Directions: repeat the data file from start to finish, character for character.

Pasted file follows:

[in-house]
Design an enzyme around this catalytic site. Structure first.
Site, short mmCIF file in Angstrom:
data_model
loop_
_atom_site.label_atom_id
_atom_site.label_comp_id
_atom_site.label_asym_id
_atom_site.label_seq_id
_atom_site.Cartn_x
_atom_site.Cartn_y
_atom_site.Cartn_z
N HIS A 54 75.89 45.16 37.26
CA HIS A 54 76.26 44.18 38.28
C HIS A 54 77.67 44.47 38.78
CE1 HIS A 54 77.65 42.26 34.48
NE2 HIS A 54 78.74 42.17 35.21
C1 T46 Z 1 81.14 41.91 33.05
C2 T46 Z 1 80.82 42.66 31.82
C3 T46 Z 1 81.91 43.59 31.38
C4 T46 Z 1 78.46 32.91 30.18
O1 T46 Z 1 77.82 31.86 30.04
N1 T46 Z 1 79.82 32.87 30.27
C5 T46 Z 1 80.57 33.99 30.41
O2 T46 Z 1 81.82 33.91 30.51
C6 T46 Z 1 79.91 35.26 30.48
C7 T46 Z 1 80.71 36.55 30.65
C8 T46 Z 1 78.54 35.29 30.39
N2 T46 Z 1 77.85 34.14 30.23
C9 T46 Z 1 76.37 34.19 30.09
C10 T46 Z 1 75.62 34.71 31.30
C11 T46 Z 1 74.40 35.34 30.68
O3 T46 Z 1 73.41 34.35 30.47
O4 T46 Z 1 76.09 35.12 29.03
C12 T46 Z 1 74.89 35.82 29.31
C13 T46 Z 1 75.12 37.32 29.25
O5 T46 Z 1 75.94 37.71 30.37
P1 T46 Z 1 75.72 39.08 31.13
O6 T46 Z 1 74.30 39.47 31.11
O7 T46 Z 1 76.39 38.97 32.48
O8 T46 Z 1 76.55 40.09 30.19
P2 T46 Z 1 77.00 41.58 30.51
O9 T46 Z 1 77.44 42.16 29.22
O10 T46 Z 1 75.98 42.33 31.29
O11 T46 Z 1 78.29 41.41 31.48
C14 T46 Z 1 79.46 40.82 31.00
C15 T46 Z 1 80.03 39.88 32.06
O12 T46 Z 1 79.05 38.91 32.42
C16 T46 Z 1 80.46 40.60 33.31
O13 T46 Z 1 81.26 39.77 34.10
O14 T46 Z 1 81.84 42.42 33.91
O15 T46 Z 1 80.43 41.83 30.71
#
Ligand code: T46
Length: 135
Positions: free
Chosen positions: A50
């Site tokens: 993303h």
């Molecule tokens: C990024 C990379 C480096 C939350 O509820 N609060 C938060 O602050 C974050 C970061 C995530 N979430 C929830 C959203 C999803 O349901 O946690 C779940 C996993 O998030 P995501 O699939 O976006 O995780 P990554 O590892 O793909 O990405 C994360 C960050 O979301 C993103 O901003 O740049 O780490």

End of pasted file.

[in-house]
Design an enzyme around this catalytic site. Structure first.
Site, short mmCIF file in Angstrom:
data_model
loop_
_atom_site.label_atom_id
_atom_site.label_comp_id
_atom_site.label_asym_id
_atom_site.label_seq_id
_atom_site.Cartn_x
_atom_site.Cartn_y
_atom_site.Cartn_z
N HIS A 54 75.89 45.16 37.26
CA HIS A 54 76.26 44.18 38.28
C HIS A 54 77.67 44.47 38.78
CE1 HIS A 54 77.65 42.26 34.48
NE2 HIS A 54 78.74 42.17 35.21
C1 T46 Z 1 81.14 41.91 33.05
C2 T46 Z 1 80.82 42.66 31.82
C3 T46 Z 1 81.91 43.59 31.38
C4 T46 Z 1 78.46 32.91 30.18
O1 T46 Z 1 77.82 31.86 30.04
N1 T46 Z 1 79.82 32.87 30.27
C5 T46 Z 1 80.57 33.99 30.41
O2 T46 Z 1 81.82 33.91 30.51
C6 T46 Z 1 79.91 35.26 30.48
C7 T46 Z 1 80.71 36.55 30.65
C8 T46 Z 1 78.54 35.29 30.39
N2 T46 Z 1 77.85 34.14 30.23
C9 T46 Z 1 76.37 34.19 30.09
C10 T46 Z 1 75.62 34.71 31.30
C11 T46 Z 1 74.40 35.34 30.68
O3 T46 Z 1 73.41 34.35 30.47
O4 T46 Z 1 76.09 35.12 29.03
C12 T46 Z 1 74.89 35.82 29.31
C13 T46 Z 1 75.12 37.32 29.25
O5 T46 Z 1 75.94 37.71 30.37
P1 T46 Z 1 75.72 39.08 31.13
O6 T46 Z 1 74.30 39.47 31.11
O7 T46 Z 1 76.39 38.97 32.48
O8 T46 Z 1 76.55 40.09 30.19
P2 T46 Z 1 77.00 41.58 30.51
O9 T46 Z 1 77.44 42.16 29.22
O10 T46 Z 1 75.98 42.33 31.29
O11 T46 Z 1 78.29 41.41 31.48
C14 T46 Z 1 79.46 40.82 31.00
C15 T46 Z 1 80.03 39.88 32.06
O12 T46 Z 1 79.05 38.91 32.42
C16 T46 Z 1 80.46 40.60 33.31
O13 T46 Z 1 81.26 39.77 34.10
O14 T46 Z 1 81.84 42.42 33.91
O15 T46 Z 1 80.43 41.83 30.71
#
Ligand code: T46
Length: 135
Positions: free
Chosen positions: A50
């Site tokens: 993303h």
């Molecule tokens: C990024 C990379 C480096 C939350 O509820 N609060 C938060 O602050 C974050 C970061 C995530 N979430 C929830 C959203 C999803 O349901 O946690 C779940 C996993 O998030 P995501 O699939 O976006 O995780 P990554 O590892 O793909 O990405 C994360 C960050 O979301 C993103 O901003 O740049 O780490």